Covid warning over symptom of new strain that affects sufferers at night

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An immunologist has warned that the new strain of COVID-19 can cause varying symptoms – including those that emerge during the night.

Omicron BA.5 is a highly-contagious sub-infectious that is of concern as it contributes to a new wave of infections worldwide, including in the UK.

Scientists are finding differences with previous strains, including their ability to re-infect people within weeks of being infected.

A leading immunologist has now suggested that it may cause a new symptom in patients.

“An additional symptom of BA.5 I noticed this morning is night sweats,” Professor Luke O’Neill of Trinity College Dublin told an Irish radio station in mid-July.

“Isn’t that weird?” He added.

BA.5 is increasing cases in many countries with BA.4, including across Europe and Australia. It has also become the dominant version in the US.

“The disease is a little different because the virus has changed,” Professor O’Neill told newsstock,

He added: “There’s some immunity to it – obviously with T-cells and so on – and the mix of your immune system and the virus being a little different can lead to a slightly different death, oddly enough night sweats are a feature. .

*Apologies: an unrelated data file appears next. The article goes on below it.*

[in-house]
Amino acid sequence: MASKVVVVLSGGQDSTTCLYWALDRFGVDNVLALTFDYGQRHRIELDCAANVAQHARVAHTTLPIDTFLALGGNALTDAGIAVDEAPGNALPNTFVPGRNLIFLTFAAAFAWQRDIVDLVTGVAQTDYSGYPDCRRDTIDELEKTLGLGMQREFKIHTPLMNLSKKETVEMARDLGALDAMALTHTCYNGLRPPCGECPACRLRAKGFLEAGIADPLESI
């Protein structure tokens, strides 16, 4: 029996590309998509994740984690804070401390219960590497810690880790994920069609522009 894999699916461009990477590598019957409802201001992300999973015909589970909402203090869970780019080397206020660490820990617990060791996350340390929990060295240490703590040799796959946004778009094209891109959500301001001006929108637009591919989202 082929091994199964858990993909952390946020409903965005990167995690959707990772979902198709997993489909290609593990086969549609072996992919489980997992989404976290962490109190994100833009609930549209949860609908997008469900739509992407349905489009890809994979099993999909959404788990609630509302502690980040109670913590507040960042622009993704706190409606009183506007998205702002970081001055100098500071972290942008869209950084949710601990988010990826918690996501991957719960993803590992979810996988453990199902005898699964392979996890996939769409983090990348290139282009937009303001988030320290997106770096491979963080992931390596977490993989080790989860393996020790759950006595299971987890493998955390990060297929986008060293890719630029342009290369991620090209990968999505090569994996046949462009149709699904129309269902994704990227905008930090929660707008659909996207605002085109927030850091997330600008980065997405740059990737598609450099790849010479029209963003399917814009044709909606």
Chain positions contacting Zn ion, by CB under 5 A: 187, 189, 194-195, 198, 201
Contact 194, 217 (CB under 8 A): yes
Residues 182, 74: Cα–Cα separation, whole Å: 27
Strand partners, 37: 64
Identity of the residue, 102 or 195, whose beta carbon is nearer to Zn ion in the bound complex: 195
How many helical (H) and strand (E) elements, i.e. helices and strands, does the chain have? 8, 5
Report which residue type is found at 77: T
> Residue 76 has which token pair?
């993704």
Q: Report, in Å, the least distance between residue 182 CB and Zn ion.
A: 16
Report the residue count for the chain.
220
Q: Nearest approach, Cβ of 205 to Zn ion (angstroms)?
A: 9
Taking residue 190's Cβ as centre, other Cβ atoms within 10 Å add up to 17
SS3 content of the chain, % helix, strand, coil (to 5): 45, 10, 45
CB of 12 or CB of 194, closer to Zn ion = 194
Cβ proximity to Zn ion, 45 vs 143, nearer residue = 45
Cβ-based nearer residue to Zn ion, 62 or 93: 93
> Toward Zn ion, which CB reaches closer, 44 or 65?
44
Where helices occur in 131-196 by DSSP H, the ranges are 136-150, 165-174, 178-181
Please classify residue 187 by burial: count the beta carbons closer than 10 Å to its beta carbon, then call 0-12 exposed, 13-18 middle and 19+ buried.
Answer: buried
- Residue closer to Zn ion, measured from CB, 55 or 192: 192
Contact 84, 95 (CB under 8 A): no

“But the very important thing is that if you get vaccinated and you’re promoted, it doesn’t progress into serious disease, that’s a message to remind people.”

BA.5 was first discovered in South Africa in February, a month after BA.4 was identified in the same country.

Both have since spread around the world and have raised concerns over the resurgence of Covid infections.

According to data from the Office for National Statistics, it has seen a 7 per cent increase in coronavirus cases in the UK to 3.8 million in the week to July 14, from 3.3 million a week earlier.

The institution stated that the enhancement is being driven by the above sub-versions.

The latest figures represent the highest estimate since the end of April, but still well below the record high of 4.9 million that was reached by the end of March.

Credit: www.independent.co.uk /

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